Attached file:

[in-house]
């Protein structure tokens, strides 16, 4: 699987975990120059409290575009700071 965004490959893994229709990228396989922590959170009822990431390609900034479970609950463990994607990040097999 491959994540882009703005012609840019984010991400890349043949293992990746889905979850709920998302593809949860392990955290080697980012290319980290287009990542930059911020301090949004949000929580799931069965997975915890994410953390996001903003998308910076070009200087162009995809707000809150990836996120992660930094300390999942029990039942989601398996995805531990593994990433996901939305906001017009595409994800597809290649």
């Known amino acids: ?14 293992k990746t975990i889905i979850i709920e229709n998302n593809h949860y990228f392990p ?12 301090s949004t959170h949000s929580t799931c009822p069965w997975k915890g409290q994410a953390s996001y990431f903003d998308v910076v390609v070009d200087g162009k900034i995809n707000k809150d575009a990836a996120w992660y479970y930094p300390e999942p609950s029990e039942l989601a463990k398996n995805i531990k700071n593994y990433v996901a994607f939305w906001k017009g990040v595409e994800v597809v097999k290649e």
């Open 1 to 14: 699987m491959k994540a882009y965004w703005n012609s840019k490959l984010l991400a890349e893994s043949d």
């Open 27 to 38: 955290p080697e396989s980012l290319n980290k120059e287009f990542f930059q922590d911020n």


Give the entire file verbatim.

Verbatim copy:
[in-house]
């Protein structure tokens, strides 16, 4: 699987975990120059409290575009700071 965004490959893994229709990228396989922590959170009822990431390609900034479970609950463990994607990040097999 491959994540882009703005012609840019984010991400890349043949293992990746889905979850709920998302593809949860392990955290080697980012290319980290287009990542930059911020301090949004949000929580799931069965997975915890994410953390996001903003998308910076070009200087162009995809707000809150990836996120992660930094300390999942029990039942989601398996995805531990593994990433996901939305906001017009595409994800597809290649």
């Known amino acids: ?14 293992k990746t975990i889905i979850i709920e229709n998302n593809h949860y990228f392990p ?12 301090s949004t959170h949000s929580t799931c009822p069965w997975k915890g409290q994410a953390s996001y990431f903003d998308v910076v390609v070009d200087g162009k900034i995809n707000k809150d575009a990836a996120w992660y479970y930094p300390e999942p609950s029990e039942l989601a463990k398996n995805i531990k700071n593994y990433v996901a994607f939305w906001k017009g990040v595409e994800v597809v097999k290649e």
């Open 1 to 14: 699987m491959k994540a882009y965004w703005n012609s840019k490959l984010l991400a890349e893994s043949d």
């Open 27 to 38: 955290p080697e396989s980012l290319n980290k120059e287009f990542f930059q922590d911020n």